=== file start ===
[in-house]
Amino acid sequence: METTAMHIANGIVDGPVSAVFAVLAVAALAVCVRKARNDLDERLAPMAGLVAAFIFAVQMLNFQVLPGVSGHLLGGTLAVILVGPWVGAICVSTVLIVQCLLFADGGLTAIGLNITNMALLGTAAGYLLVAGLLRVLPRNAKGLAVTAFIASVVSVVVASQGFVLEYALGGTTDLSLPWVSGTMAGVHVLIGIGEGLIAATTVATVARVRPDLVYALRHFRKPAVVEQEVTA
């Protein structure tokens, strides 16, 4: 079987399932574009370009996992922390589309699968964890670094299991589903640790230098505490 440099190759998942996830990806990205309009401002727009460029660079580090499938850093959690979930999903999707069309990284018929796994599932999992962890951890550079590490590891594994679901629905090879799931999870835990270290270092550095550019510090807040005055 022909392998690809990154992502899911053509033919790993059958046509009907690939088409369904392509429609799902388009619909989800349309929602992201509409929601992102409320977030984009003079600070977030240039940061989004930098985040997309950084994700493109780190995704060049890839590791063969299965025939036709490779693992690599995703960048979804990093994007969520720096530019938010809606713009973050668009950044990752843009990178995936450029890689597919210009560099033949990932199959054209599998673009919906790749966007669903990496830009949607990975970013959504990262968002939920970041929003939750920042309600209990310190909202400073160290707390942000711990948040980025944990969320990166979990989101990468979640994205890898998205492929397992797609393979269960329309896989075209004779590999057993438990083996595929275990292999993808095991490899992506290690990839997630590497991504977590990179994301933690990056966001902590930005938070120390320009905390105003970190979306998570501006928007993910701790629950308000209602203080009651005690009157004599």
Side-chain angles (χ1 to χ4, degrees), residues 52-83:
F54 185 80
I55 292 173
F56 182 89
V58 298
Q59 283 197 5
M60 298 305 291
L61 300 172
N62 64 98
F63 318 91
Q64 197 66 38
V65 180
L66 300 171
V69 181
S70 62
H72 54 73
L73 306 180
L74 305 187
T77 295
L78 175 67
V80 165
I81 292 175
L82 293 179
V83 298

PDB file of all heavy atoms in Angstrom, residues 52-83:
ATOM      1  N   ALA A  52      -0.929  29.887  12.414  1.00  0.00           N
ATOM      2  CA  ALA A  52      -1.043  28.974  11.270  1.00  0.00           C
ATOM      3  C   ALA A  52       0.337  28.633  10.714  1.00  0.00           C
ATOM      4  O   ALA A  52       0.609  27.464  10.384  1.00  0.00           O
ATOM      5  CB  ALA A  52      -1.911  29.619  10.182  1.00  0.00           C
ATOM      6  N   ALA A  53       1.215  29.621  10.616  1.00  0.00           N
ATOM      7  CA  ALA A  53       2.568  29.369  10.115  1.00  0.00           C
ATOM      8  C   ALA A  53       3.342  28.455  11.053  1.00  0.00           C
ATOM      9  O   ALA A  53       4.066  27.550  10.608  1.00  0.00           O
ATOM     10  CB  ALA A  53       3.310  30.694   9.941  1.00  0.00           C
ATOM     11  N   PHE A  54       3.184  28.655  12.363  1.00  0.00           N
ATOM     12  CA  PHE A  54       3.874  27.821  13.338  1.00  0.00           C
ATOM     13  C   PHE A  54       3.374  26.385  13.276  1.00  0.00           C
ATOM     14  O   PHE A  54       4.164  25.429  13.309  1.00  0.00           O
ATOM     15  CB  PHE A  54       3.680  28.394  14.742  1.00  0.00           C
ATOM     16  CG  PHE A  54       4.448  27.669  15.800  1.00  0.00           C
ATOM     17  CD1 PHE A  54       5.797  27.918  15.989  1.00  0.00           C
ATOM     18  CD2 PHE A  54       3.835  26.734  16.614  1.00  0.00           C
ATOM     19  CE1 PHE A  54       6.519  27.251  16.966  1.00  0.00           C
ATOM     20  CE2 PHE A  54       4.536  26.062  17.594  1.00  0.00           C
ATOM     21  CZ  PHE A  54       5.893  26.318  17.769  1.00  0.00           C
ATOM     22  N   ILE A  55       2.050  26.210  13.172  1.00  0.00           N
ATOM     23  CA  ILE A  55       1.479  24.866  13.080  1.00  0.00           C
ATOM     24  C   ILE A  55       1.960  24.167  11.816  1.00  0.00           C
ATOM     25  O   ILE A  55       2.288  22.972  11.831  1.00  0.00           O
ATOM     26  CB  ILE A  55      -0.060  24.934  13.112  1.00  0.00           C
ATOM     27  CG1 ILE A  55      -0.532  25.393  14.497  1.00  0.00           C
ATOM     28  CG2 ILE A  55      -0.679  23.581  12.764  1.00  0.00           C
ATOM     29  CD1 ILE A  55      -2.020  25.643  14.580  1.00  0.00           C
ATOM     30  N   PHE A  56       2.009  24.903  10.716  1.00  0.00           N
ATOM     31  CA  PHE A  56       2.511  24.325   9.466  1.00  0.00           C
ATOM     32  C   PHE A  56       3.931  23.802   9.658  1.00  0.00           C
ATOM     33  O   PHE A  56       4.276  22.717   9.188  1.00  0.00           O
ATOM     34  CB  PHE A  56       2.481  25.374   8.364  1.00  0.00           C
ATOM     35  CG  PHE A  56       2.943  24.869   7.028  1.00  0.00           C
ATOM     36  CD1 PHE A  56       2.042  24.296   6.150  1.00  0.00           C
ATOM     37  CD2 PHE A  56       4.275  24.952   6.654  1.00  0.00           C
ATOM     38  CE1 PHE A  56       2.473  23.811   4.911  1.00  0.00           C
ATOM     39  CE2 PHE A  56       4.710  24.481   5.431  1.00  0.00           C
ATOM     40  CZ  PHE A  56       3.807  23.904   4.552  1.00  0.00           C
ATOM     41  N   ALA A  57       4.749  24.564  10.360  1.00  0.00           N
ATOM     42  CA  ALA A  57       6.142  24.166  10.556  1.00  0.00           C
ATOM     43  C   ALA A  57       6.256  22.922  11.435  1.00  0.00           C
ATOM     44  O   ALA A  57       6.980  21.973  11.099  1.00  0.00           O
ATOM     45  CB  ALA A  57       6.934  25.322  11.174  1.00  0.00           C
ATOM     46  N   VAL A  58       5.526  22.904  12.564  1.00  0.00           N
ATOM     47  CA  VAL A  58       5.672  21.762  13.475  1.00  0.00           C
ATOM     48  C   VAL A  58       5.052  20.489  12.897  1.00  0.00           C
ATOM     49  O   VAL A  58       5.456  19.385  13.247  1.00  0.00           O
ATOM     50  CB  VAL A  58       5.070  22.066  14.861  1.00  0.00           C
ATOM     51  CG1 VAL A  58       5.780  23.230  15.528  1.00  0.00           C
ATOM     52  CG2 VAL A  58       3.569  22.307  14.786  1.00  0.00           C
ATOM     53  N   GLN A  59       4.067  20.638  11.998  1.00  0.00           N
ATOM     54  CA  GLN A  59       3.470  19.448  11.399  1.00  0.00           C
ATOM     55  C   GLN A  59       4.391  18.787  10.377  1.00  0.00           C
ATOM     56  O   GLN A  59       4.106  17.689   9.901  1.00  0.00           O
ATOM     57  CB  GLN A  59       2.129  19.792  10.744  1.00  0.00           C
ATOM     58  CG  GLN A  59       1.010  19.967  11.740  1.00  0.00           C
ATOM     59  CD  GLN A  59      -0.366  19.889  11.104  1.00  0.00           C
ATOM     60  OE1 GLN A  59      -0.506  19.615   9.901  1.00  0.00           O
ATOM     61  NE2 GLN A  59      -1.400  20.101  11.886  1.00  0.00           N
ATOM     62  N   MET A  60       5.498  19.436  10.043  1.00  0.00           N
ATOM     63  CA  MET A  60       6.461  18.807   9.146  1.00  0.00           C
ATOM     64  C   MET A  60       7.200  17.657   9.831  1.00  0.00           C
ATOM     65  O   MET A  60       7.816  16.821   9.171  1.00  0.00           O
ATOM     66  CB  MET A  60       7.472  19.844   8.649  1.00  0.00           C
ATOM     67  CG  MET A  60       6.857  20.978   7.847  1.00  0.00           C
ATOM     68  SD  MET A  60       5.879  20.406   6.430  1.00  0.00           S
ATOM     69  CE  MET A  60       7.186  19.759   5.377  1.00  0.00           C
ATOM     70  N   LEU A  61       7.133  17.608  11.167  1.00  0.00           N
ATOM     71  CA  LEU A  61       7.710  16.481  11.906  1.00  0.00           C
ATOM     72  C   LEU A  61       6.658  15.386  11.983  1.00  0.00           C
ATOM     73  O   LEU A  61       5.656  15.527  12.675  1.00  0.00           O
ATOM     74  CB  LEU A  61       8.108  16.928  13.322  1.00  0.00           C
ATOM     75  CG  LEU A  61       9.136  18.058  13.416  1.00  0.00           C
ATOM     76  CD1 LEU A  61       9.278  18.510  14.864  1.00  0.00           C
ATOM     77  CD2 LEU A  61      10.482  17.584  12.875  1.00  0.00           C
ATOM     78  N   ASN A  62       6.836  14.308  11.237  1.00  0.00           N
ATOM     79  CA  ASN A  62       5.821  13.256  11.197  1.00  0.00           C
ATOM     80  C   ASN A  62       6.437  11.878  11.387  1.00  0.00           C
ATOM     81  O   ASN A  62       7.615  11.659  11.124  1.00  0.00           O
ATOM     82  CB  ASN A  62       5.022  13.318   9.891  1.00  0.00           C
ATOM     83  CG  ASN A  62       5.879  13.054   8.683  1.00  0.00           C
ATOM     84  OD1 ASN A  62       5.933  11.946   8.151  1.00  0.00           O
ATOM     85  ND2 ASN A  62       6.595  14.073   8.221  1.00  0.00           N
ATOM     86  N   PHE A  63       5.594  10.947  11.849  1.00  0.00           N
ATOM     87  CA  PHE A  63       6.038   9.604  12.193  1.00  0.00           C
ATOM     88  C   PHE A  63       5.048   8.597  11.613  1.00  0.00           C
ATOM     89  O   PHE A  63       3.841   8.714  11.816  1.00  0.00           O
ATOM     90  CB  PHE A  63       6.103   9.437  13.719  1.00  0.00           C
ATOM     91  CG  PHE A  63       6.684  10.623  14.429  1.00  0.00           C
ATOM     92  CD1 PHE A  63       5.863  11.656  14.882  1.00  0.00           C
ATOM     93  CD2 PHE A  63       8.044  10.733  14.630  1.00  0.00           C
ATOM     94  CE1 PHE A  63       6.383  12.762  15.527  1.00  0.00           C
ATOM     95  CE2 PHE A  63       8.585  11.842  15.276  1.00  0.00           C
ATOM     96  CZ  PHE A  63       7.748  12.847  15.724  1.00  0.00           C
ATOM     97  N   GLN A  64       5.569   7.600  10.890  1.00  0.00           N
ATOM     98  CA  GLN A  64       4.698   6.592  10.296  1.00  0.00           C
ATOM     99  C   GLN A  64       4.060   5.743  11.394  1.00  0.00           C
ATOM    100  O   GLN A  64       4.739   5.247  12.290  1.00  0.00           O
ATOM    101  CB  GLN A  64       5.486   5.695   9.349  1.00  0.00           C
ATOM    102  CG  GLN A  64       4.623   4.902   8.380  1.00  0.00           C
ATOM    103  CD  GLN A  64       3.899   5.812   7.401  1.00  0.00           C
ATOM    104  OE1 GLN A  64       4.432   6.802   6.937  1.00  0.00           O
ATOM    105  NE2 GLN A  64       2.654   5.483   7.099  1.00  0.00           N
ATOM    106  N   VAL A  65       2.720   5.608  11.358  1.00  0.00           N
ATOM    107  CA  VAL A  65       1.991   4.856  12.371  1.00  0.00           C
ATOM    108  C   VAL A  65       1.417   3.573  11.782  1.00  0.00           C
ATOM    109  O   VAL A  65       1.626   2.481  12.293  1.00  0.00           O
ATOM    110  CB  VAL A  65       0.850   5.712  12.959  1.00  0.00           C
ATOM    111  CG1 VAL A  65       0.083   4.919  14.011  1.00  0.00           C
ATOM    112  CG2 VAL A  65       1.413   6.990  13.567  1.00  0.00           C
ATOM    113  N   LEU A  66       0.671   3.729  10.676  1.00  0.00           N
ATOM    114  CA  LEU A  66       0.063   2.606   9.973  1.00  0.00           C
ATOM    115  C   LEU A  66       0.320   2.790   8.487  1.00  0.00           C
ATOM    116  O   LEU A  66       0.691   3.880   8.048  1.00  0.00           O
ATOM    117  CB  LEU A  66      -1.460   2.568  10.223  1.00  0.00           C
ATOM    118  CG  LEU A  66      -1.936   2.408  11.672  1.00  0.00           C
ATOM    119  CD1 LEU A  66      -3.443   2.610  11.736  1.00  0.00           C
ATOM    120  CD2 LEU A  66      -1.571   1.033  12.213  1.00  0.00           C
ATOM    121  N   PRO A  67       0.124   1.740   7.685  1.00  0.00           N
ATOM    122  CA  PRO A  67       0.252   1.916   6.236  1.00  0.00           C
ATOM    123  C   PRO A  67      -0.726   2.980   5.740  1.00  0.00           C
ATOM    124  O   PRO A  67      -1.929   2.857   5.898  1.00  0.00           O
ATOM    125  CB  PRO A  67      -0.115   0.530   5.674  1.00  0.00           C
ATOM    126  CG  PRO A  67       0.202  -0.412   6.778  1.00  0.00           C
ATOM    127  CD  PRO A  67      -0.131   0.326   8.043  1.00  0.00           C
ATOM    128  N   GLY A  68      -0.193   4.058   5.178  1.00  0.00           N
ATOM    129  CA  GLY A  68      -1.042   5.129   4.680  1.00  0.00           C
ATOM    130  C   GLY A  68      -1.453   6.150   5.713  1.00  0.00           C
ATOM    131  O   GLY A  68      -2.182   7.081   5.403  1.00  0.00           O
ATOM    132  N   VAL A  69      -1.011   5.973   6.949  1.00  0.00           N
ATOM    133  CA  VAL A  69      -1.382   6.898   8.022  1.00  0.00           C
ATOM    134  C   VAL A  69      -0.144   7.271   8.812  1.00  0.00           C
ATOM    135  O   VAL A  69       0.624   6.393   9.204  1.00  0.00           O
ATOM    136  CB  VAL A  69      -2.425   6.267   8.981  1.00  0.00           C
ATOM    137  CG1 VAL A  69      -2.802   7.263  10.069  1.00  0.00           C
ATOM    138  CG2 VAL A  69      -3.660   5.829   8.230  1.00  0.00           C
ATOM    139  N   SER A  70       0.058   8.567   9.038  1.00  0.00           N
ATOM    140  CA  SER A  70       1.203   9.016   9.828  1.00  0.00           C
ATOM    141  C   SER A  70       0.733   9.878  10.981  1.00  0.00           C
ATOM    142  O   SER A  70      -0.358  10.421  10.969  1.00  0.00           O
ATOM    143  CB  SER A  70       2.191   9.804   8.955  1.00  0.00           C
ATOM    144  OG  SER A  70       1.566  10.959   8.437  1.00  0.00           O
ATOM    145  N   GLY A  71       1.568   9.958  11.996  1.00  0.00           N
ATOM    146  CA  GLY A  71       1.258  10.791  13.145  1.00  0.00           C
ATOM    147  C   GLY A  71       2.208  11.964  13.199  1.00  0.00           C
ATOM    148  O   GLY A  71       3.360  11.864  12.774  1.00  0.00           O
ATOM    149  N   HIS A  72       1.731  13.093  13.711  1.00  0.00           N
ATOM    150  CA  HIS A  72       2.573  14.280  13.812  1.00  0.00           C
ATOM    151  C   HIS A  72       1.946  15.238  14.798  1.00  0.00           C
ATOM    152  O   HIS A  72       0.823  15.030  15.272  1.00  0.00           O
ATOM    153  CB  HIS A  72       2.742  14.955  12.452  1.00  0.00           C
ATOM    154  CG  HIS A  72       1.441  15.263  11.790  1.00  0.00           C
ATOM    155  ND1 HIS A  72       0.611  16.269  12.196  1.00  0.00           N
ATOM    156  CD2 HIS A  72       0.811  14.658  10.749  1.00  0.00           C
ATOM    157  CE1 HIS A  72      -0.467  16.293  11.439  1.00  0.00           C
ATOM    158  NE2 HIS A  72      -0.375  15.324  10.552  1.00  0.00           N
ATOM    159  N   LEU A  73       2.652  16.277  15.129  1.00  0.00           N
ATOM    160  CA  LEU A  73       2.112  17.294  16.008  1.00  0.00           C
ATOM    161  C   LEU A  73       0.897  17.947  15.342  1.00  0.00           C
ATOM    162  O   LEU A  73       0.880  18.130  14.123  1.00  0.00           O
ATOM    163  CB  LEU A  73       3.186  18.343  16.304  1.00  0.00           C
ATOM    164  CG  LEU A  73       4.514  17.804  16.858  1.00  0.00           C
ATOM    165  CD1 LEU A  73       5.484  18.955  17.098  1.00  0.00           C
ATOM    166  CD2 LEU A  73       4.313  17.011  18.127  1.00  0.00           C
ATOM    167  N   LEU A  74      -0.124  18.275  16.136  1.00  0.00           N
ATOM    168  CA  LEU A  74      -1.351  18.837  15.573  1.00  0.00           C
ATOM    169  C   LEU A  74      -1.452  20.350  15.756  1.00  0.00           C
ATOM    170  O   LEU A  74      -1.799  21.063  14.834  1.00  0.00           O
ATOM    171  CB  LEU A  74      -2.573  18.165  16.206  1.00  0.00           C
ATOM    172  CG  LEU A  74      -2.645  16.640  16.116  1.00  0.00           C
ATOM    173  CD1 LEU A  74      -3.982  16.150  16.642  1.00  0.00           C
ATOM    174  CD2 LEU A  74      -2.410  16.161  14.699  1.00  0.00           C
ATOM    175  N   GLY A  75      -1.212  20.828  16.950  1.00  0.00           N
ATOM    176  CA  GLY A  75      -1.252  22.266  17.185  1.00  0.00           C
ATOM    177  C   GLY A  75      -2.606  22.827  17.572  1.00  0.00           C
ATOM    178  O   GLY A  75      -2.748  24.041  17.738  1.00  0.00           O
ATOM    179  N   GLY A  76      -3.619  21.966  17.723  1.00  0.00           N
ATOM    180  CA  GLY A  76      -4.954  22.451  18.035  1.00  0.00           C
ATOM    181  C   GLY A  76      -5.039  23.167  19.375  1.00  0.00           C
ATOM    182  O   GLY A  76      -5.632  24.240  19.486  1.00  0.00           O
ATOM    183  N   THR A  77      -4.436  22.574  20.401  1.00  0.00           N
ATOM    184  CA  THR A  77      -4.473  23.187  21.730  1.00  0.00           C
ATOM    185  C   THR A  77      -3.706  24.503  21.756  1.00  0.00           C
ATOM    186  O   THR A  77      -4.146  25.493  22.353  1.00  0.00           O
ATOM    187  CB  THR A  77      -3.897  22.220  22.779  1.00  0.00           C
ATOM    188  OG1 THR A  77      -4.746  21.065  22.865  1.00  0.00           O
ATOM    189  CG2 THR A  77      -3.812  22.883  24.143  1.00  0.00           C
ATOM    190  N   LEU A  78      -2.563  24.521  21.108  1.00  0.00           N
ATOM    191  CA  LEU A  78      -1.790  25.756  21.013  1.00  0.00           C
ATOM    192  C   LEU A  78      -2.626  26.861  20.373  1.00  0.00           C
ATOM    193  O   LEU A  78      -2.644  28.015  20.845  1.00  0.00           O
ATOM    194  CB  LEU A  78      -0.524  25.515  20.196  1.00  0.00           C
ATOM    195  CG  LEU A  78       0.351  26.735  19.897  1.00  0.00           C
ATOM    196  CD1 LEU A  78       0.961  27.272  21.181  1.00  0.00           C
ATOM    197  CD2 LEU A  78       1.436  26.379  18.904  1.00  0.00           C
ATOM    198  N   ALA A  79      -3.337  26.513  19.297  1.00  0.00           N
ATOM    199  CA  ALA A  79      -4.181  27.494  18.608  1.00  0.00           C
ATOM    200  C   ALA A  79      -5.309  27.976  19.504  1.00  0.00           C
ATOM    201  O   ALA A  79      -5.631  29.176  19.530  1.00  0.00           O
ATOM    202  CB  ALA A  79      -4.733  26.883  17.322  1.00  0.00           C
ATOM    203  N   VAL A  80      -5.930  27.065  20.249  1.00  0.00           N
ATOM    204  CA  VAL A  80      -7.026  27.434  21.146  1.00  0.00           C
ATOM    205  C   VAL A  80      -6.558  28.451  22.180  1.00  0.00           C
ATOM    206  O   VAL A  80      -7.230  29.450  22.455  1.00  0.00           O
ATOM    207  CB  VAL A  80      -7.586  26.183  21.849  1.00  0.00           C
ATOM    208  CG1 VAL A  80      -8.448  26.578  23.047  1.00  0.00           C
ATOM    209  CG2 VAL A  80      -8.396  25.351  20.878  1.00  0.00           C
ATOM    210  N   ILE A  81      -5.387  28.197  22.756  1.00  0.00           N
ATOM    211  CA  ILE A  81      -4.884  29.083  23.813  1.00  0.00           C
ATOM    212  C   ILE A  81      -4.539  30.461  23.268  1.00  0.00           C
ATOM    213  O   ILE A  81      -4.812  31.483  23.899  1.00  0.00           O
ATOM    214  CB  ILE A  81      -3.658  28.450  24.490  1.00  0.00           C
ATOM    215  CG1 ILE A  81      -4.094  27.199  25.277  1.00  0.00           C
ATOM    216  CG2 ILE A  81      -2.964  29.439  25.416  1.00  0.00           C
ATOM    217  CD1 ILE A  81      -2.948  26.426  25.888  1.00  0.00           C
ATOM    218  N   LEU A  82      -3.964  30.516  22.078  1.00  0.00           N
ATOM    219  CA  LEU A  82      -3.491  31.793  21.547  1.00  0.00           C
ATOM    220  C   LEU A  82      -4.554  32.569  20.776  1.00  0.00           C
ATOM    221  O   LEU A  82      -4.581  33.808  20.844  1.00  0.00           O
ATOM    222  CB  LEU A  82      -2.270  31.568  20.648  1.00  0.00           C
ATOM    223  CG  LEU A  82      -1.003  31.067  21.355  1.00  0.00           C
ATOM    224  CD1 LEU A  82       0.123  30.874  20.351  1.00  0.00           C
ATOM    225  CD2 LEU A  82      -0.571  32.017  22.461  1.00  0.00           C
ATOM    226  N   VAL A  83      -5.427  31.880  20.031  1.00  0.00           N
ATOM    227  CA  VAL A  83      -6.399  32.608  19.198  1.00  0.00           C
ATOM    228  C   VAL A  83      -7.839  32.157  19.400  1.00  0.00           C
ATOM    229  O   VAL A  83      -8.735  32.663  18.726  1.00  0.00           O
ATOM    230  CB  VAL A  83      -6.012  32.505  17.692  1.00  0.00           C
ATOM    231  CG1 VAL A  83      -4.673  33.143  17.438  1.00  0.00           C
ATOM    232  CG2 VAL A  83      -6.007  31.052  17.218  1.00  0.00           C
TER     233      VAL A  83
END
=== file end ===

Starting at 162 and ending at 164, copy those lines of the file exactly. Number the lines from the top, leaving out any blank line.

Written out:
ATOM    134  C   VAL A  69      -0.144   7.271   8.812  1.00  0.00           C
ATOM    135  O   VAL A  69       0.624   6.393   9.204  1.00  0.00           O
ATOM    136  CB  VAL A  69      -2.425   6.267   8.981  1.00  0.00           C